Isle of Dogs


Some dogs and their boy.

(2018) Animated Feature (Fox Searchlight) Starring the voices of Bryan Cranston, Bill Murray, Jeff Goldblum, Greta Gerwig, Bob Balaban, Edward Norton, Koyu Rankin, Kunichi Nomura, Frances McDormand, Akira Takayama, Akira Ito, Scarlett Johansson, Harvey Keitel, F. Murray Abraham, Yoko Ono, Tilda Swinton, Ken Watanabe, Liev Schreiber, Mari Natsuki. Directed by Wes Anderson

 

Those who love the works of the quirky director will love this; those who are turned off by his oeuvre will not. The second stop-motion animated feature by Wes Anderson is so Wes Anderson.

In the future, the Japanese megalopolis of Megasaki has banished all dogs to an island formerly used as trash disposal. An intrepid young orphan boy (Rankin), who is also the mayor of Megasaki’s ward, flies to the island to locate his dog Spots (Schreiber). A pack of alpha dogs, including Chief (Cranston), Boss (Murray), King (Balaban), Duke (Goldblum) – a kind of four-legged TMZ – and Rex (Norton) along with the only female dog in the pack Nutmeg (Johansson) agree to help the boy find his friend. It doesn’t help that he speaks only Japanese while the Japanese dogs speak only English – or at least that’s how we perceive them. Meanwhile, back on the mainland, Tracy (Gerwig), a school reporter, discovers a terrible secret behind the cat-loving mayor’s (Nomura) proclamation.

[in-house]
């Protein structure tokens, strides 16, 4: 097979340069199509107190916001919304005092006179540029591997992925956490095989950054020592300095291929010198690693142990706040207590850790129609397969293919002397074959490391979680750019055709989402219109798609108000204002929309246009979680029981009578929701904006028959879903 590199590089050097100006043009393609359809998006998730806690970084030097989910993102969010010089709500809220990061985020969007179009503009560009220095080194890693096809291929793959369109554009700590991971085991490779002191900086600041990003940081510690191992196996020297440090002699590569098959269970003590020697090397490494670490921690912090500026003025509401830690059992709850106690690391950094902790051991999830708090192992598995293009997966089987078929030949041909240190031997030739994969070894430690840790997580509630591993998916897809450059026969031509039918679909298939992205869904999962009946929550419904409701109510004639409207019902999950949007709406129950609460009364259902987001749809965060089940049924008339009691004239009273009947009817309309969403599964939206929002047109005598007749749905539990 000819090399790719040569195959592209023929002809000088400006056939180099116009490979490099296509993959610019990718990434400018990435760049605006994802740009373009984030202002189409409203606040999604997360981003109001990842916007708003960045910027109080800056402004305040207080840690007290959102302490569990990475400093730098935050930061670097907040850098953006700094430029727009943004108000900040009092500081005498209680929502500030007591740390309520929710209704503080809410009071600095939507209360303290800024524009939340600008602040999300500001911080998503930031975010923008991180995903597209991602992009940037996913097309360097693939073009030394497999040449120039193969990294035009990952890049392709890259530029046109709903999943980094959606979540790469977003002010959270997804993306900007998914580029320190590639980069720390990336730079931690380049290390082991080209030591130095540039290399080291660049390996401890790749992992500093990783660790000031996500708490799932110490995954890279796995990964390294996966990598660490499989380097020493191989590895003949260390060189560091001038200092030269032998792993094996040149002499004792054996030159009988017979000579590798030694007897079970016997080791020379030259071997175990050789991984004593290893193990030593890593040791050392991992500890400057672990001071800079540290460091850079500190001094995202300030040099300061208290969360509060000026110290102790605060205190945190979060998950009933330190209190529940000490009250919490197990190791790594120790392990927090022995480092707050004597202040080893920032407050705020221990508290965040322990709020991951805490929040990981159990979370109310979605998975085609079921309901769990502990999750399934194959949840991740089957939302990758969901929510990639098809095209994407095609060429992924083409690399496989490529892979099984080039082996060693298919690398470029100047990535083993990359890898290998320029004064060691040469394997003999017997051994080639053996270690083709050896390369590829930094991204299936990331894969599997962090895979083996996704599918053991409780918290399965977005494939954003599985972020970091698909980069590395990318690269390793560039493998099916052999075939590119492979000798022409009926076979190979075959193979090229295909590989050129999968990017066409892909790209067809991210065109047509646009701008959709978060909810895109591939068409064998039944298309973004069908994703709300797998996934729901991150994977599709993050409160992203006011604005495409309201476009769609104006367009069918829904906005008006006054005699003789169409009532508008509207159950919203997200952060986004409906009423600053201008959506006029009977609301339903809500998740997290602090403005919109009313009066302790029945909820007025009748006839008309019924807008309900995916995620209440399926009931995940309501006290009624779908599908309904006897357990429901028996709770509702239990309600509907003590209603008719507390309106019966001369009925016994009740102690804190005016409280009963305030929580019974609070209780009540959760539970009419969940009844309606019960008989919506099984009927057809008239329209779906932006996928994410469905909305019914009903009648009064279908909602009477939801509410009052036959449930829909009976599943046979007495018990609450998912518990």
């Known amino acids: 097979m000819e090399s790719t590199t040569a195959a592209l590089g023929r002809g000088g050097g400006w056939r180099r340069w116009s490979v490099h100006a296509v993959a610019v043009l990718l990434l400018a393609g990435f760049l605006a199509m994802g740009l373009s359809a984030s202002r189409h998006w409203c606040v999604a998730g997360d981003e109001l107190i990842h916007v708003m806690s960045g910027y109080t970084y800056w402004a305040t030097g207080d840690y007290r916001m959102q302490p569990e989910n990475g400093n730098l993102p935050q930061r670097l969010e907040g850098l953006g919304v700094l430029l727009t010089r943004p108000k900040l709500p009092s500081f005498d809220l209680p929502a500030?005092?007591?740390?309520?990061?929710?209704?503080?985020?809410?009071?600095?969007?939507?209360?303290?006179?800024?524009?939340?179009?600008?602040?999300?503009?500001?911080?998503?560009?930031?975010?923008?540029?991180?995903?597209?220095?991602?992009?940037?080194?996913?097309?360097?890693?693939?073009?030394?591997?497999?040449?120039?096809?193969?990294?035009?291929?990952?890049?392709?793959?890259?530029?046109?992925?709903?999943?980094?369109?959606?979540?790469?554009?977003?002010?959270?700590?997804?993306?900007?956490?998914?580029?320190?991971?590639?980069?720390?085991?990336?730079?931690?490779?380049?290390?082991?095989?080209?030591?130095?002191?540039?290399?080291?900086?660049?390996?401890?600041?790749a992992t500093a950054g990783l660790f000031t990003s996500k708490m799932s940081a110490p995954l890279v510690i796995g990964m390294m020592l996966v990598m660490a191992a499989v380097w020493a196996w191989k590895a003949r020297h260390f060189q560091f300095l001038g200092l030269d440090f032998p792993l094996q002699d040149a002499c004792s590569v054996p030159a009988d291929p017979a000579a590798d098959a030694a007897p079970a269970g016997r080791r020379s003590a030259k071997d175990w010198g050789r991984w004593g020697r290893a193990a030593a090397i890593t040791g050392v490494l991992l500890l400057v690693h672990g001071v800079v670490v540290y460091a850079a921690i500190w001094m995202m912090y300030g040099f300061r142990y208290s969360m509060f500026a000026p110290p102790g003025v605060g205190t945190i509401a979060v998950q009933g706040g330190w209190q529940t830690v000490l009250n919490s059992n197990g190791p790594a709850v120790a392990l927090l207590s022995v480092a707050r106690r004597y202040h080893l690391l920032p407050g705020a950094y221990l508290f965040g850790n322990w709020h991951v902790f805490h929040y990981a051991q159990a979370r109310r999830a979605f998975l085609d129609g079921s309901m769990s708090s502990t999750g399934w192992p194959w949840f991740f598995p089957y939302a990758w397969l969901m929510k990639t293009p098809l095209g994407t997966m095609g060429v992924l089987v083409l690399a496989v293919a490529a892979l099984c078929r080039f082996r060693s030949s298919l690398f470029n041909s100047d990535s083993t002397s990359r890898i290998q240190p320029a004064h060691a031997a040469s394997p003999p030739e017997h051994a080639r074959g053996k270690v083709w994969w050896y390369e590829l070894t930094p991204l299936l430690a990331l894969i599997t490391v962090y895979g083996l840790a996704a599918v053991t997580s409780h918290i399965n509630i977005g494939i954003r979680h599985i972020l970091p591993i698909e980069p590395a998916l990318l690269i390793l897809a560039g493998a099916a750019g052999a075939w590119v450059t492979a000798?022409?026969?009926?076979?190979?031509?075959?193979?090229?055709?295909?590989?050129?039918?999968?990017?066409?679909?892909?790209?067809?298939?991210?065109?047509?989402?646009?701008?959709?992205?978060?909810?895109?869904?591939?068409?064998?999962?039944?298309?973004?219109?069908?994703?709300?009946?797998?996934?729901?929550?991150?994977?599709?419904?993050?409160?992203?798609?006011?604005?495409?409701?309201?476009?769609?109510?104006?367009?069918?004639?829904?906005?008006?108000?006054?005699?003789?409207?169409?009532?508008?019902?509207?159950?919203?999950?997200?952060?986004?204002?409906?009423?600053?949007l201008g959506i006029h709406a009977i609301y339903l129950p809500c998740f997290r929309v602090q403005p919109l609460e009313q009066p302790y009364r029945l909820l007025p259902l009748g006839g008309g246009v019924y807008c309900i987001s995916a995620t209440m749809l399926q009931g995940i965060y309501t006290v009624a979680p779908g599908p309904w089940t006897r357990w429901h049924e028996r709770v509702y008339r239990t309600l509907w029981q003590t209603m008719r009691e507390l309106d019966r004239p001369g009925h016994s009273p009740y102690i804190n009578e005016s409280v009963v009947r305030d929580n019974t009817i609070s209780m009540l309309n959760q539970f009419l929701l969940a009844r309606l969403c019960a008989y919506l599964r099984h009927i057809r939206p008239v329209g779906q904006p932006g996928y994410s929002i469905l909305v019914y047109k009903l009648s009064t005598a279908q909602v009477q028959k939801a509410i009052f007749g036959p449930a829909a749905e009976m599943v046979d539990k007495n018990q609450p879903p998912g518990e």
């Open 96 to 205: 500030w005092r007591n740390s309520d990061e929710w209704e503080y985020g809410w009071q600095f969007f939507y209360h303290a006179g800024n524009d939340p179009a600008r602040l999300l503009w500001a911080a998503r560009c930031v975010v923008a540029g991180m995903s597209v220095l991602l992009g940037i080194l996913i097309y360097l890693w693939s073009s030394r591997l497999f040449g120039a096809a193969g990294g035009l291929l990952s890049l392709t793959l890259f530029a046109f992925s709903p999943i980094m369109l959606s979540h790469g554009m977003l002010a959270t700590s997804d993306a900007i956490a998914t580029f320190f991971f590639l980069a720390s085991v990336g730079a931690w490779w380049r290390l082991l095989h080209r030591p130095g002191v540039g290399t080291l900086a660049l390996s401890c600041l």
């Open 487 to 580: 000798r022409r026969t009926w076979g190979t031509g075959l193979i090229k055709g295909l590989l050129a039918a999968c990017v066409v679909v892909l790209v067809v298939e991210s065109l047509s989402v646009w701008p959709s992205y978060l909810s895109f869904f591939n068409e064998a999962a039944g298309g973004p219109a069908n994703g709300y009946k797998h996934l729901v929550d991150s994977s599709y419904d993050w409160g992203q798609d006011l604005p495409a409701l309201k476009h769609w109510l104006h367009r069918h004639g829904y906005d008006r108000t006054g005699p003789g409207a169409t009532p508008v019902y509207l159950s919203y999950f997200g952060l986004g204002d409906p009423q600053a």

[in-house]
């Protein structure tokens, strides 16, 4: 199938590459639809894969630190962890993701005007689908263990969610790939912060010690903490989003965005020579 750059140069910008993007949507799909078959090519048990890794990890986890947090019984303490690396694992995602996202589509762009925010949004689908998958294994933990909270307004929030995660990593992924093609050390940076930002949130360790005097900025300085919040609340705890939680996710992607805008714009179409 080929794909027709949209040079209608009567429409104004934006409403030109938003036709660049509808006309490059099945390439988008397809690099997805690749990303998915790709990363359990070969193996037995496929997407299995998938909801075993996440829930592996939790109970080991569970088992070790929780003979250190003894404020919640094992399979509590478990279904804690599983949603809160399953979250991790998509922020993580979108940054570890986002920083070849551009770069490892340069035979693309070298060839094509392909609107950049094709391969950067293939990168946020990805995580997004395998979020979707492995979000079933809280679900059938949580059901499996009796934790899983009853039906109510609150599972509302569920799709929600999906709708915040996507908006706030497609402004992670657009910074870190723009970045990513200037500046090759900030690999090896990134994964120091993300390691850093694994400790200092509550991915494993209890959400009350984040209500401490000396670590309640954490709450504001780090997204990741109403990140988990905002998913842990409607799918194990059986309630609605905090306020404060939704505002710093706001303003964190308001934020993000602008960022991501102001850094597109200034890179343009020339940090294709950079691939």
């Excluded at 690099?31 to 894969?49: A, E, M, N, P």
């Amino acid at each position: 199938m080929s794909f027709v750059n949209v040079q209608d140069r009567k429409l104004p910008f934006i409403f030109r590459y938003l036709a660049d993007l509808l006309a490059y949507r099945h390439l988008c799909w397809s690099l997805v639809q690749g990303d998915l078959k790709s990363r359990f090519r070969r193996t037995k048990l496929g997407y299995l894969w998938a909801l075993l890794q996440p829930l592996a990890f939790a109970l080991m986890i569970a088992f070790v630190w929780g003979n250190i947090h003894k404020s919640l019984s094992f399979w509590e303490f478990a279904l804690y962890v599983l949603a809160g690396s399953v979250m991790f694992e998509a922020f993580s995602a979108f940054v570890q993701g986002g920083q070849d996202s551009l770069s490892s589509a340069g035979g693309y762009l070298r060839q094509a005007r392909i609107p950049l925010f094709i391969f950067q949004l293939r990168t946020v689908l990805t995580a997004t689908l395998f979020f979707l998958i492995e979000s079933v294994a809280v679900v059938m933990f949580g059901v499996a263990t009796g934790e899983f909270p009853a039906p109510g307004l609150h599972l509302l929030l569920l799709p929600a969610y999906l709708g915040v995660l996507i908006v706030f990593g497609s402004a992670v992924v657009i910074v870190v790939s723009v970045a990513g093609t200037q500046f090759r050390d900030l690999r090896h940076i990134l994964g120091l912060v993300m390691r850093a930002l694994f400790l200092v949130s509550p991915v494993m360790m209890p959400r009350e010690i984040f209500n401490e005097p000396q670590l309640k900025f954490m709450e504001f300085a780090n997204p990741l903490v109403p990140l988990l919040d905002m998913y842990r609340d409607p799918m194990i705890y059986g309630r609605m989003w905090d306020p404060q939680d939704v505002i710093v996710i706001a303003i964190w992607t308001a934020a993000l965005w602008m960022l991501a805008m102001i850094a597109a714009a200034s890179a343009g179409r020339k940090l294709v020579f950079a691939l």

The look of the film owes a lot to legendary Japanese animator Hayao Miyazaki and is consistently beautiful throughout, even on the industrial garbage heap that is Trash Island. The Oscar nomination it received earlier this year was no fluke even though it eventually lost out to Spider-Man: Into the Spiderverse. The dogs are exquisitely rendered and are genuinely hilarious. Anderson’s trademark deadpan sense of humor very much rules the day here; not everyone gets it or likes it. Bill Murray has made a career of it, including many of Anderson’s films but the two were made for each other.